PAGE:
This idea was widely circulated in the United States and was used extensively in pro-slavery positions.

In the past, I’ve made fun of this, pointing out that no actually existing whiteness can be found, only statues. But now I see it differently. Classically-influenced statues can be found across the Atlantic world. They form a material network of whiteness, one of its fundamental infrastructures. Whiteness does not adhere to any particular aspect of these sculptures but rather to the entire monument.

In the case of Lee, there was a debate as to whether the base of the sculpture was sufficiently large. At the unveiling, a speaker agreed but said:

Let it stay that way. The planet as a pedestal would be too small for Robert Edward Lee.

“Whiteness,” said Du Bois two years later in 1926, “is ownership of the earth for ever and ever, amen.”


It was only after the murder of Trayvon Martin in 2012 that local people began to ask questions, leading to the base of the statue being tagged “Black Lives Matter” in 2015 (still visible in the photo). Earlier this year,  young African American Vice Mayor Wes Bellamy led a movement to remove the statue, despite a persistent campaign of harassment led by Justin Kessler, who also organized Unite The Right.

The resistance has been persistent, first legal and now violent. For the statue is doing new work.  The Trump administration is dominated by white nationalists (Bannon, Miller, Sessions) and generals (Kelly, Mattis, McMaster). Monuments like Lee’s naturalize the connection between the extreme right between white supremacy and war.  This articulation has reached a new degree of tension in the unlikely conjuncture of North Korea and the murder of Heather Heyer. At all costs, it must not become naturalized.

Replace us

So far more is at stake here than the classification of a second-rate sculpture.

Dem Deutschen Volk. Photo: Wikimedia

On my first visit to Berlin some years ago, I went to the Reichstag. I’m of Jewish descent and so I was startled to see the racialized inscription Dem Deutschen Volke (The German Race) still in place. It gave me some sense of what a person of color might feel when confronted with a statue like that of Lee. At that time, I thought to myself: “We’re still here, you lost.” On Friday, white supremacists at the University of Virginia chanted, as if in response: “Jew Will Not Replace Us.”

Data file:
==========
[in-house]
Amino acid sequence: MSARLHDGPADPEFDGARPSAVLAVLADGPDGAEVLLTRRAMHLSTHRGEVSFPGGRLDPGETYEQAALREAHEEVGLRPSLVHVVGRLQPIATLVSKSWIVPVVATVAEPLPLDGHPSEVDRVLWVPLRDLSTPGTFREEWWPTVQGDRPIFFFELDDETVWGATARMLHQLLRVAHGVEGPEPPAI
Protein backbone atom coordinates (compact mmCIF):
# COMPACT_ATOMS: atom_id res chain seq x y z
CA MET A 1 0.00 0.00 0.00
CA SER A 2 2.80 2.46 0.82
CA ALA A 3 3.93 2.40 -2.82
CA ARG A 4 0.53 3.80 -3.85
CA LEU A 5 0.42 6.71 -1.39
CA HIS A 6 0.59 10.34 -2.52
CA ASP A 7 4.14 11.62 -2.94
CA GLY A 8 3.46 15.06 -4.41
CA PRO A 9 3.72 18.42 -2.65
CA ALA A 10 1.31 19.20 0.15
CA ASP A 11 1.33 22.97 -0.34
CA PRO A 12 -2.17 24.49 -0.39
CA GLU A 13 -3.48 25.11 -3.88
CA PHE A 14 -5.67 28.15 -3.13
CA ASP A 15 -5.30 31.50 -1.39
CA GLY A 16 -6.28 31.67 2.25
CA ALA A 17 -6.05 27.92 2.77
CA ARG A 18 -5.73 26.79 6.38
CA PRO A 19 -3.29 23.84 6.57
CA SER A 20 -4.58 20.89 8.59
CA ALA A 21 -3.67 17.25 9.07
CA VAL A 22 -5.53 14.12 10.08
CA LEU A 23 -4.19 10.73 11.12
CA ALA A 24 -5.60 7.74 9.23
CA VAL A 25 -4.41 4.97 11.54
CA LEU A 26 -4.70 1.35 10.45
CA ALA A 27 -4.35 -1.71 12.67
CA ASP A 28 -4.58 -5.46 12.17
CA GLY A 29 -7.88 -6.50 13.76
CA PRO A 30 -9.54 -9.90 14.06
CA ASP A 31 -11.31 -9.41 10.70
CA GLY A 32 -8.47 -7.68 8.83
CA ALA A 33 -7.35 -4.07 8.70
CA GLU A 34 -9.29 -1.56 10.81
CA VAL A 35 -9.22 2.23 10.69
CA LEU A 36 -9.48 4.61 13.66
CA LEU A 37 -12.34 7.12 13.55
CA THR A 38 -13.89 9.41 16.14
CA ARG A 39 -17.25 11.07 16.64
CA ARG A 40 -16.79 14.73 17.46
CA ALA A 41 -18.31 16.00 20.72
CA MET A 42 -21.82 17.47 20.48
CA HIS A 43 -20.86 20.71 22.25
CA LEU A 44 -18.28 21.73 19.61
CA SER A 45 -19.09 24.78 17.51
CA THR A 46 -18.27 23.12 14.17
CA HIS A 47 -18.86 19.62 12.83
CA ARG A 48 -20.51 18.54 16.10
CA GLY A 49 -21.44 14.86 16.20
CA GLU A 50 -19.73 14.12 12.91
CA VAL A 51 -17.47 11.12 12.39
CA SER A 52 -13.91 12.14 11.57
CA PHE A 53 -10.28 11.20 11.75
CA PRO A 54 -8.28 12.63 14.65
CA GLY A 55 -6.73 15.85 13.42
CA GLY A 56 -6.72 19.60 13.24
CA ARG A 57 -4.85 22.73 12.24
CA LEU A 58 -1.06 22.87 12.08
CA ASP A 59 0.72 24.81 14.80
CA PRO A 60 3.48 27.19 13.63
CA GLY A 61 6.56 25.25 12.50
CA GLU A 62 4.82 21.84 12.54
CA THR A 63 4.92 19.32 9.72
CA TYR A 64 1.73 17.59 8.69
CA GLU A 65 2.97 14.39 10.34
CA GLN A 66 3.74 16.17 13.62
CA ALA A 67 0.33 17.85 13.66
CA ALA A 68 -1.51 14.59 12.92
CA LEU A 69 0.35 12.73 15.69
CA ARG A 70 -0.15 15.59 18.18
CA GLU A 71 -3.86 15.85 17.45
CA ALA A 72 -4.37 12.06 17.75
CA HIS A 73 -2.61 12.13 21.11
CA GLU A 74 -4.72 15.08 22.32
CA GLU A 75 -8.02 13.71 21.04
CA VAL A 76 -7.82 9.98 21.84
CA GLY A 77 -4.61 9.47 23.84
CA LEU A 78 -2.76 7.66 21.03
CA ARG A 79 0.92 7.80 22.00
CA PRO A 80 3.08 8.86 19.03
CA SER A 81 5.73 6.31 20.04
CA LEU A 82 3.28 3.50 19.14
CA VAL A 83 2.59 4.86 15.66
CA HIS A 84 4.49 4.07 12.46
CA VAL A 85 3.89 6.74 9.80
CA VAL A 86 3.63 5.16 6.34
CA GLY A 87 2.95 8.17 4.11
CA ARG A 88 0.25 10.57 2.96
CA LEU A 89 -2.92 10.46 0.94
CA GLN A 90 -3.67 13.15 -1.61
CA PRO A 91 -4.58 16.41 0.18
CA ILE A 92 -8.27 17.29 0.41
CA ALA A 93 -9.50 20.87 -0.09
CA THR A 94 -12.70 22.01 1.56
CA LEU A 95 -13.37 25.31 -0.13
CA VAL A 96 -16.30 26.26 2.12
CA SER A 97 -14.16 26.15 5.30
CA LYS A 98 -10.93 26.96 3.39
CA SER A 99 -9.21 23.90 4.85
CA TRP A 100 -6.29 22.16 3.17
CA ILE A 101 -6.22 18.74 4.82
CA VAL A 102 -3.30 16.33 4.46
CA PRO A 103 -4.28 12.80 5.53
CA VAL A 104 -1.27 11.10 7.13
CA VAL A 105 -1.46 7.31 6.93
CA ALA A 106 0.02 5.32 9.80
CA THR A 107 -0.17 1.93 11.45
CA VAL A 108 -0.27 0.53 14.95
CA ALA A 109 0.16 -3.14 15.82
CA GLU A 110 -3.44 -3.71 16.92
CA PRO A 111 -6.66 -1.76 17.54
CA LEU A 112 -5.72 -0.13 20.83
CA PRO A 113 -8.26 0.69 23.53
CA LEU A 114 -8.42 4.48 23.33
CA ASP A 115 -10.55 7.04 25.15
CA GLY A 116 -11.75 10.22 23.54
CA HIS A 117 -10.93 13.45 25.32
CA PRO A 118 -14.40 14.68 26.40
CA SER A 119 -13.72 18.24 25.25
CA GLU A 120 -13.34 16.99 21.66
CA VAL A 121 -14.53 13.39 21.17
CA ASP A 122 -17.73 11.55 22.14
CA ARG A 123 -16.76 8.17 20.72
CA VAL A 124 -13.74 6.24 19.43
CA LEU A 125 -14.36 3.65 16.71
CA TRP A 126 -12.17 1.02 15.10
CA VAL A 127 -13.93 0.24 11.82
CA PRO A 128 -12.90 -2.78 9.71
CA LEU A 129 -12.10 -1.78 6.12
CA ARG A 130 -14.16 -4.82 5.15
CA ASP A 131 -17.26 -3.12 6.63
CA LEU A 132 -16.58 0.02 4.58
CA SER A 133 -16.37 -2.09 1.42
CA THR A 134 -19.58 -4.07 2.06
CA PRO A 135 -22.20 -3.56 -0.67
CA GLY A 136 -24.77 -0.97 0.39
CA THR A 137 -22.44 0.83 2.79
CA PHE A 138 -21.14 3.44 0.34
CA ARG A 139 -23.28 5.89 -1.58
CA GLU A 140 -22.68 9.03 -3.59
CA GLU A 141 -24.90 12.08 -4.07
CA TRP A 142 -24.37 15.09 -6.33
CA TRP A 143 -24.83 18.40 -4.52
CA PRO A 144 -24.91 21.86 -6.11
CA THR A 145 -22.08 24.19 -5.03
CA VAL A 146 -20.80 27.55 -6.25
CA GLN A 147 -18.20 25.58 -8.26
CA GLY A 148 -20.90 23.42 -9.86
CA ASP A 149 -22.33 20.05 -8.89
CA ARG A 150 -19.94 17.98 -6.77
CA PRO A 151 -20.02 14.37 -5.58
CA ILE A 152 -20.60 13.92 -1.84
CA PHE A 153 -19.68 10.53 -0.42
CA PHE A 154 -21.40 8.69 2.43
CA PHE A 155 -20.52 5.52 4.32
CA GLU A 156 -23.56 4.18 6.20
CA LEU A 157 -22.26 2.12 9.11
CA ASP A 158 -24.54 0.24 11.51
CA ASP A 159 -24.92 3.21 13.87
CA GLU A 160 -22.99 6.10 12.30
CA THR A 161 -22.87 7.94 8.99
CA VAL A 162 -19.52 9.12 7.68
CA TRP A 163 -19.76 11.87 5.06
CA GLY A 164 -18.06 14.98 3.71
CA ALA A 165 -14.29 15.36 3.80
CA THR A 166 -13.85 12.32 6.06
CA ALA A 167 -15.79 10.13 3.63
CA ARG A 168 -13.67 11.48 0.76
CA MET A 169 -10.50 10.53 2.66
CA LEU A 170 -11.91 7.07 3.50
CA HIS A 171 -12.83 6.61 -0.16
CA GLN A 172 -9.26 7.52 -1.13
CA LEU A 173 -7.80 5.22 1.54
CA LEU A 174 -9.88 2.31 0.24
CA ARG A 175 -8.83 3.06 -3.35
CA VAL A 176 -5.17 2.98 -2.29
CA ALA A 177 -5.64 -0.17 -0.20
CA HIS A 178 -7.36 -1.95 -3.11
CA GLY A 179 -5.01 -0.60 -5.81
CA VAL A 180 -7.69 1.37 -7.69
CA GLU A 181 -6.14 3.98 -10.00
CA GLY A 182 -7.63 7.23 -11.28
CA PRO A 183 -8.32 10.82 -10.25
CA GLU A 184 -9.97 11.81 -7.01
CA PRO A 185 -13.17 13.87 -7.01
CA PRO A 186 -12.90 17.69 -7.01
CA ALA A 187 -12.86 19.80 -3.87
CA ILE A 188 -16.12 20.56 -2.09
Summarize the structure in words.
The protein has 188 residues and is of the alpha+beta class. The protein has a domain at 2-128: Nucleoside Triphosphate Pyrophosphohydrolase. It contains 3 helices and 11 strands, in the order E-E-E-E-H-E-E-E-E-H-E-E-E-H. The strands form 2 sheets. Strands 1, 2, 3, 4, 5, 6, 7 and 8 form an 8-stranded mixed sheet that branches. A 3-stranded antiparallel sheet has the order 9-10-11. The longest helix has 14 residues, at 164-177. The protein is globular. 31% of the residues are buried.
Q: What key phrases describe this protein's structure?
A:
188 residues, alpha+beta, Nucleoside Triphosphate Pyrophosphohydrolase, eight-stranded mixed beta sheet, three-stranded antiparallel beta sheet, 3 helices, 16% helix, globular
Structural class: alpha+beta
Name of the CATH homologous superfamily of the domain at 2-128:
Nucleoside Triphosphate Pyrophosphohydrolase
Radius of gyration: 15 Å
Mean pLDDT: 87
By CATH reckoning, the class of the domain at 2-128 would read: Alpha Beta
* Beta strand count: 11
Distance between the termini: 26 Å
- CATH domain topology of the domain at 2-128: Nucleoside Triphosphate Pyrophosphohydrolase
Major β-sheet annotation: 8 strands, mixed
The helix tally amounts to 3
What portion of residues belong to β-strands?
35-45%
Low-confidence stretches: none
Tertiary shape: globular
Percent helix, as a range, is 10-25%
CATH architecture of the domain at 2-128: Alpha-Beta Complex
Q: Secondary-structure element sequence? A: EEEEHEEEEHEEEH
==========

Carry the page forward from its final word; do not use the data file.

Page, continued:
The slogan was coined by the fascist website The Daily Stormer, which translates the title of the Nazi propaganda sheet Der Stürmer. In the chants, “you” and “Jew” were interchangeable, just as “us” also stands for US. The replacement of the statue by “you” (the racially inferior from African Americans to Jews and more) was understood as a challenge to be resisted by force.


What, though, if anti-fascists took “replace us” as a challenge? Not “replace white people,” because many of us are white. But the statues. It’s time to say “all the monuments must fall.” Because it’s the form that sustains white supremacy, not just the individual objects.

While some people are not able to engage in the street contestations, many academics, artists and activists–the kind of people I imagine might be reading this–know of such monuments in their cities and campuses. It’s time to take action against them not as individual “works” but as a class–these are violent and dangerous objects.

Putting them in museums is not in and of itself a solution. The Elgin Marbles are the epitome of classical whiteness and colonial power. No British government has imagined returning them to the empty museum that awaits them in Athens. To do so would be to finally end the colonial imaginary in the UK. Or at least admit that it was time to do so.

There would have to be a new way of displaying these immense objects in the circuits of power, knowledge and aesthetics that sustained the established order of white supremacy, without accidentally allowing the statues to continue to do that work.

In Germany, I do not remember seeing any statues of Nazi-era generals or politicians. There was a minor rehabilitation of the Nazi sculptor Arno Breker in the 2000s  and now US neo-Nazi websites have posted extensive galleries (caution: highly offensive website) of his work, including a portrait-bust of Hitler. In other words, these things are hard to contain.